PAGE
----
When soap and water is not available, a gel or wipe sanitizer containing at least 60% alcohol can be used. However Sanitizers do not eliminate all types of germs and their efficiency is based on the volume and the time on the hands (it is better left dried on than wiped) Sanitizers don’t remove pesticides, harmful chemicals and heavy metals (Centers for Disease Control, n.d)

Germs usually hide in:

  • Work desk
  • Kitchen sink which is usually worse than a bathroom sink
  • Dishcloth, sponge
  • Garbage can
  • Refrigerator
  • Bathroom doorknob
  • Keyboards
  • Escalator handrails
  • Shopping cart handles
  • Picnic tables
  • Light switches
  • Remote controls
  • Toys
  • Pens, pencils and crayons
  • Pet cages

(source: Minnesota health department)


Handwashing is an important health-promoting practice that can reduce or eliminate harmful germs. A liquid soap is a better choice over a soap bar. A sanitizer plus some tissues in your bag, might be very useful in situations where there is no soap or water. Tissues can be used to hold dirty surfaces such as a faucet or a doorknob in a public toilet.

Resat Alagiali

Bibliography and references (2017). Handwashing – why it’s important. [online] Available at: [Accessed 28 Apr. 2017].

Center for Disease Control (2013) Handwashing: Clean Hands Save Lives, Centre for Disease Control. Available at: (Accessed: 14 April 2017).

Center for Disease Control (2016) When and How to Wash Your Hands | Handwashing | CDC. Available at: (Accessed: 14 April 2017).

Dr. Semmelweis’ Biography at Semmelweis Society International (no date) Semmelweis Society International. Available at: (Accessed: 14 April 2017).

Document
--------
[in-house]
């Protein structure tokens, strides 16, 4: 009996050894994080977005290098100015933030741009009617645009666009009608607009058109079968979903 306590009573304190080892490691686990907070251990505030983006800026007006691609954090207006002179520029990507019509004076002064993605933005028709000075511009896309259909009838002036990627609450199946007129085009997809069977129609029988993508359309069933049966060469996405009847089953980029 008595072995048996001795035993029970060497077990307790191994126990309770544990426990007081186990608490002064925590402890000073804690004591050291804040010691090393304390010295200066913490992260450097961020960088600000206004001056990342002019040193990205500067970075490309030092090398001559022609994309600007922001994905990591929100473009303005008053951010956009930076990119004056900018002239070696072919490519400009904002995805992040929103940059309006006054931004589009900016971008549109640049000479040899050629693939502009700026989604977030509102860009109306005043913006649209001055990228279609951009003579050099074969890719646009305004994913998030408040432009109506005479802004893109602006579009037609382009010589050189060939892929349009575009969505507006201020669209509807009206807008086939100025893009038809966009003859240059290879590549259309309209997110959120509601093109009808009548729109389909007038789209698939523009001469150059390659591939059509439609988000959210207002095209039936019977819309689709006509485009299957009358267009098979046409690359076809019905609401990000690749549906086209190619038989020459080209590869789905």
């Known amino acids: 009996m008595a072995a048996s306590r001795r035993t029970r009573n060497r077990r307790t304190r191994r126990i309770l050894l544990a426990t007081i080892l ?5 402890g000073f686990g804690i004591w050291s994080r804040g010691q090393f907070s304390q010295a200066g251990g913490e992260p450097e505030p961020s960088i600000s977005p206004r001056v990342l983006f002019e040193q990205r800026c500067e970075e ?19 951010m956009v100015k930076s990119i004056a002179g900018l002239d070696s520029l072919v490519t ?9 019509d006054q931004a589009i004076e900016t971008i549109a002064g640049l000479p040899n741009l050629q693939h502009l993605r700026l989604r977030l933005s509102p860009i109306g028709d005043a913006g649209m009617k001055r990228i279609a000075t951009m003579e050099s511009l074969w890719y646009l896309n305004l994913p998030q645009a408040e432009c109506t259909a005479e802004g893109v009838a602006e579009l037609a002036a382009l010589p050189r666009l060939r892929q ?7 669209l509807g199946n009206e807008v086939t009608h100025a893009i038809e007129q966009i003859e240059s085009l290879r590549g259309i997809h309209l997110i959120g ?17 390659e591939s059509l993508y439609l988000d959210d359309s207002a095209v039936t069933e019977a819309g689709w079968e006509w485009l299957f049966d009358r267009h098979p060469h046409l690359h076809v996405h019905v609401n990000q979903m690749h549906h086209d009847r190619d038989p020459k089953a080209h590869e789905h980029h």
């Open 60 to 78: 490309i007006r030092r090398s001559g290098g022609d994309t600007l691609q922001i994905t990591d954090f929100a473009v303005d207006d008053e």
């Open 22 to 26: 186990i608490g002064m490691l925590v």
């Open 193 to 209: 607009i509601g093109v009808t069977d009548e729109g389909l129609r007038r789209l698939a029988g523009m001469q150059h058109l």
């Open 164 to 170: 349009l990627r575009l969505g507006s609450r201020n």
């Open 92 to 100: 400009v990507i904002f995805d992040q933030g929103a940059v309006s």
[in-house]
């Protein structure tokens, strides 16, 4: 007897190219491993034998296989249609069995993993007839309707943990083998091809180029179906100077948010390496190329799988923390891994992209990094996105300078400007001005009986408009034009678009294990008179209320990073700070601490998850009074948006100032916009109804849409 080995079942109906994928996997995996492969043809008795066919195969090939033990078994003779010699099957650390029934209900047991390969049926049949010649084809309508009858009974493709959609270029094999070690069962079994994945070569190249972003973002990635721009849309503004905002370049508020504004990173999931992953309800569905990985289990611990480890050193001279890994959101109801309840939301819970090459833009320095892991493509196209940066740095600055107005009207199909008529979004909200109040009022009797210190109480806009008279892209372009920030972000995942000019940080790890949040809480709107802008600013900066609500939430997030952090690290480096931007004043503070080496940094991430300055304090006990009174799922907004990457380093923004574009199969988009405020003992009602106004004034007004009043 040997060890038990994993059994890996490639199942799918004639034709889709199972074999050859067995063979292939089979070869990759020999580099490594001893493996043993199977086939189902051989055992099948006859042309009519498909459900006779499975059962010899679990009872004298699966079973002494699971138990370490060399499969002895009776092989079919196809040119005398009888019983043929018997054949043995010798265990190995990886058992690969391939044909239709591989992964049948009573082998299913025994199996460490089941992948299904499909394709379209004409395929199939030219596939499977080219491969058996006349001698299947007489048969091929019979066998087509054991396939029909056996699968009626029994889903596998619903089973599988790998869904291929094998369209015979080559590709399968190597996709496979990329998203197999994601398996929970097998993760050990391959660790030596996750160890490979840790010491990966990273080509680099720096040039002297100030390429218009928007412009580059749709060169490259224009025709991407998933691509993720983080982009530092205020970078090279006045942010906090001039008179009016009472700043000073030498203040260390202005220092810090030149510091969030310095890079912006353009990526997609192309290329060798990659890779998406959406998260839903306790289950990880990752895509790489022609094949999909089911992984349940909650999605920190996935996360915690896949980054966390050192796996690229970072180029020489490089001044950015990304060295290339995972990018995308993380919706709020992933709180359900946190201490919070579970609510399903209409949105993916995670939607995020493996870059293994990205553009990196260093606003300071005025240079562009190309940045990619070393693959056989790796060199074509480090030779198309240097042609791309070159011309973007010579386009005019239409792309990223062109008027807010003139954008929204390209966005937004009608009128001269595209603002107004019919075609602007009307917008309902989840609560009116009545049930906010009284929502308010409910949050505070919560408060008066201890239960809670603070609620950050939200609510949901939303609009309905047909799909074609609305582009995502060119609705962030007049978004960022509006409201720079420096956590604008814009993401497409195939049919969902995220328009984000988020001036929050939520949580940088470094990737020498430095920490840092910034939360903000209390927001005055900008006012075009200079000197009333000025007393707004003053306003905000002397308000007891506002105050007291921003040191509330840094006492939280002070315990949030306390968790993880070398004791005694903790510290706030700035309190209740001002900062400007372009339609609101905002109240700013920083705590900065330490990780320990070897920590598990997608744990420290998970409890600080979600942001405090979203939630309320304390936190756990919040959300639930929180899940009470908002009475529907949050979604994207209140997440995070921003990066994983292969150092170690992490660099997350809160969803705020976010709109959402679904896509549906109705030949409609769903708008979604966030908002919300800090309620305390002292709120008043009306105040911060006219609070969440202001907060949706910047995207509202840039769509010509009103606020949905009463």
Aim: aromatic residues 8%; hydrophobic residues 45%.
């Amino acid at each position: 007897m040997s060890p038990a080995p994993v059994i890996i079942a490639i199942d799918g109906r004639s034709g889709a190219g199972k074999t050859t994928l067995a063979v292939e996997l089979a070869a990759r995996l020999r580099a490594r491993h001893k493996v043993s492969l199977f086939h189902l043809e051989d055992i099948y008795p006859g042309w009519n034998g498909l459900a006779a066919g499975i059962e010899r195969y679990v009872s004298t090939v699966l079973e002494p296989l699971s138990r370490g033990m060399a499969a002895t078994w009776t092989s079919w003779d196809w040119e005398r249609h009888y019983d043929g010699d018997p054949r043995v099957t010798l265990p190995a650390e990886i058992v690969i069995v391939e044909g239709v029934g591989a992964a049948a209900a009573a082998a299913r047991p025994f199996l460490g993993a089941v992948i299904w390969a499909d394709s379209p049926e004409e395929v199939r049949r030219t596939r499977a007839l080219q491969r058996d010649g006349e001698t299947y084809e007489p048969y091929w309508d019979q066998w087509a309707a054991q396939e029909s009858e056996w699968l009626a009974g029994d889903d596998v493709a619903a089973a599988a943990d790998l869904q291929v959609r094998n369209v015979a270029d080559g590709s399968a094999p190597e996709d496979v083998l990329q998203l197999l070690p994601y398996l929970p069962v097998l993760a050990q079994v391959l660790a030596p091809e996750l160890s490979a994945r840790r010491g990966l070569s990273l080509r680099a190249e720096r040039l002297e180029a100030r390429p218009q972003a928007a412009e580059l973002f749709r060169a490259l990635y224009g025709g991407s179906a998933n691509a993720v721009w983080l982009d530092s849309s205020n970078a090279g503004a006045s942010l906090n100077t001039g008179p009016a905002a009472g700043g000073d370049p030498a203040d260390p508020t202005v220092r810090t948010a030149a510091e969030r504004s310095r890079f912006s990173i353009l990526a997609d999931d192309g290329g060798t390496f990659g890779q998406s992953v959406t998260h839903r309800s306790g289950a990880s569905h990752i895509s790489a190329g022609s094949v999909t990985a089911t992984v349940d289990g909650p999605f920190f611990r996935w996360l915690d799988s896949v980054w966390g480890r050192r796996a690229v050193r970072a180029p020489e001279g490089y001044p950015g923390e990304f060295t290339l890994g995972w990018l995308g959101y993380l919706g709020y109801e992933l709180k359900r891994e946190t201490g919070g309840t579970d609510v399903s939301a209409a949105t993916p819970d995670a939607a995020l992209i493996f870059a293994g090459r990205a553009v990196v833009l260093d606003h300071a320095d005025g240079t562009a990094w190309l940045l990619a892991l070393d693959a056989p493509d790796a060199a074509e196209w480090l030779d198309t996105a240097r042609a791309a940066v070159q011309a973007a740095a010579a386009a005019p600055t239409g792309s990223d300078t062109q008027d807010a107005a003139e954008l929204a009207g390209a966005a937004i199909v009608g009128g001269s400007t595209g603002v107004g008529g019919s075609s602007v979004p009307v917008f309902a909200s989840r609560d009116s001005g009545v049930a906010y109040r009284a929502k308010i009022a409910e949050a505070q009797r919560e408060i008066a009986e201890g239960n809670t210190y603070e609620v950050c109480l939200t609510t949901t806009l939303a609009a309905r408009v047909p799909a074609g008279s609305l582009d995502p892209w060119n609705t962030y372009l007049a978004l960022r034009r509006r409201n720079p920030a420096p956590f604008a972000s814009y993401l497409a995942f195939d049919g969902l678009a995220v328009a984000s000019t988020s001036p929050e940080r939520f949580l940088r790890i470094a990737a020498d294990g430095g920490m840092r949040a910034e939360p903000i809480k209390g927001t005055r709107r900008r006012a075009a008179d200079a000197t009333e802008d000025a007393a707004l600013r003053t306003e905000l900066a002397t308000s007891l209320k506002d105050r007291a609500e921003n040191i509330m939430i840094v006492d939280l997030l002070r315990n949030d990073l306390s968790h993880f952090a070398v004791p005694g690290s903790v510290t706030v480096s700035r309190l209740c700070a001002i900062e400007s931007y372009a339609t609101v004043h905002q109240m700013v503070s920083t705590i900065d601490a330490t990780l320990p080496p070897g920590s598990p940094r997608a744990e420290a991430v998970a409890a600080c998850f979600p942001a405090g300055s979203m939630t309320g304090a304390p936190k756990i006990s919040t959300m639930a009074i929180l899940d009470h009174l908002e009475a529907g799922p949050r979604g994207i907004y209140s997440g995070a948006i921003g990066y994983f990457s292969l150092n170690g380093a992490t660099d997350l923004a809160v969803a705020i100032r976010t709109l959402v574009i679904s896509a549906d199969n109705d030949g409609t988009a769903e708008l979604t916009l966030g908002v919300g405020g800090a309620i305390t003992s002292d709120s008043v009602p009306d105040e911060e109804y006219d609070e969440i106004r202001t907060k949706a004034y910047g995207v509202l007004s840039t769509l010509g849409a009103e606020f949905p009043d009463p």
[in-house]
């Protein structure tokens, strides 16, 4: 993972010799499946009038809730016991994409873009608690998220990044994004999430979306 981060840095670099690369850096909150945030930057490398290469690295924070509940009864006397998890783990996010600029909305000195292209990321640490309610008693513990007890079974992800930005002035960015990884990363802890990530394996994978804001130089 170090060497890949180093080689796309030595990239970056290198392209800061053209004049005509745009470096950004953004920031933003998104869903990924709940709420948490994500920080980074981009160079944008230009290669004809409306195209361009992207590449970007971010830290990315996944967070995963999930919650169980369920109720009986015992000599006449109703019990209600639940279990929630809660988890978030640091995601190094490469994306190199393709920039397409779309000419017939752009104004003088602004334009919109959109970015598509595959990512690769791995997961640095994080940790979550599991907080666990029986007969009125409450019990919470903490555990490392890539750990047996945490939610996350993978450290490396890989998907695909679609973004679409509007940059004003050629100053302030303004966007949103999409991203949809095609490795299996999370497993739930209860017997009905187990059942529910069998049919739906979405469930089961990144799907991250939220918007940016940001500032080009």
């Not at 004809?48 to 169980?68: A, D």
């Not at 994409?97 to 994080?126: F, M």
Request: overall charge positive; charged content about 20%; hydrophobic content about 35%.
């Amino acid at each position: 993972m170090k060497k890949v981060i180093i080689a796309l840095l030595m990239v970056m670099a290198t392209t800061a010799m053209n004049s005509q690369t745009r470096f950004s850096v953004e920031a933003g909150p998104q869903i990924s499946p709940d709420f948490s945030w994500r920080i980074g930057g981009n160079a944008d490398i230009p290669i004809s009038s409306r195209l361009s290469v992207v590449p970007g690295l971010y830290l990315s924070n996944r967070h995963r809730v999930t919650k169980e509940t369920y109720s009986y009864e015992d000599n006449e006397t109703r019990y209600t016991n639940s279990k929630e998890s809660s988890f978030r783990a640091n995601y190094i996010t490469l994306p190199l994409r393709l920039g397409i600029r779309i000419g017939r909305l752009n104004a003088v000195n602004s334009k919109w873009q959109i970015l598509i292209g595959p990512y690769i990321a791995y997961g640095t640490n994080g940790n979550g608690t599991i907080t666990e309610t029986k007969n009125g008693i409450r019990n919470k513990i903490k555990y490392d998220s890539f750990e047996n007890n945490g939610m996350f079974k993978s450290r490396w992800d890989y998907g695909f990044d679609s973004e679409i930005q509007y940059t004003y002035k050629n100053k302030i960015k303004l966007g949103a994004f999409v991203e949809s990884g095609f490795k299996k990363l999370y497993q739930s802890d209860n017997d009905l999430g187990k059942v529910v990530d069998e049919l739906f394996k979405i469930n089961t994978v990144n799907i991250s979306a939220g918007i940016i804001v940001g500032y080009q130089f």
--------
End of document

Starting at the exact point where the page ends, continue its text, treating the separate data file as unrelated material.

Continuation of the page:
Chlamydia – What You Need to Know (no date). Available at: (Accessed: 28 April 2017).

Dunn, P. M. (2007) ‘Oliver Wendell Holmes (1809-1894) and his essay on puerperal fever.’, Archives of disease in childhood. Fetal and neonatal edition. BMJ Publishing Group, 92(4), pp. F325-7. doi: 10.1136/adc.2005.077578.

Hallett, C. (2005) ‘The attempt to understand puerperal fever in the eighteenth and early nineteenth centuries: the influence of inflammation theory.’, Medical history. Cambridge University Press, 49(1), pp. 1–28. Available at: (Accessed: 26 April 2017).

Harvard Health Publications (2007) Proper hand washing technique: how to wash your hands properly – Harvard Health. Available at: (Accessed: 14 April 2017). (No date). Which Soap is Best? – Minnesota Dept. of Health. [online] Available at: [Accessed 24 Apr. 2017]. (No date). Where do germs hide? – Minnesota Dept. of Health. [online] Available at: [Accessed 24 Apr. 2017].

Ignaz Semmelweis (1818-65) (no date) Science Museum History of Medicine. Available at: (Accessed: 14 April 2017).

Mayo Clinic. (No date). Hand-washing: Do’s and don’ts – Mayo Clinic. [online] Available at: [Accessed 14 Apr. 2017].

Newton Richard Cole (1910) A brief study of the contribution of Ignaz Philip Semmelweis to modern medicine : Newton, Richard Cole : Free Download & Streaming : Internet Archive. Available at: (Accessed: 10 May 2017).

Show Me the Science – When & How to Use Hand Sanitizer | Handwashing | CDC (no date). Available at: (Accessed: 14 April 2017).

WebMD (No date) Proper Hand-Washing: When to Wash Your Hands, How Long, and More (no date). Available at: (Accessed: 14 April 2017).

WHO (2016) ‘WHO | Hepatitis D’, WHO. World Health Organization. Available at: (Accessed: 28 April 2017).

‘WHO | Clean hands protect against infection’ (2011) WHO. World Health Organization. Available at: (Accessed: 14 April 2017).

Zoltán, I. (2017). Ignaz Semmelweis | Biography & Facts. [online] Encyclopedia Britannica. Available at: [Accessed 14 Apr. 2017].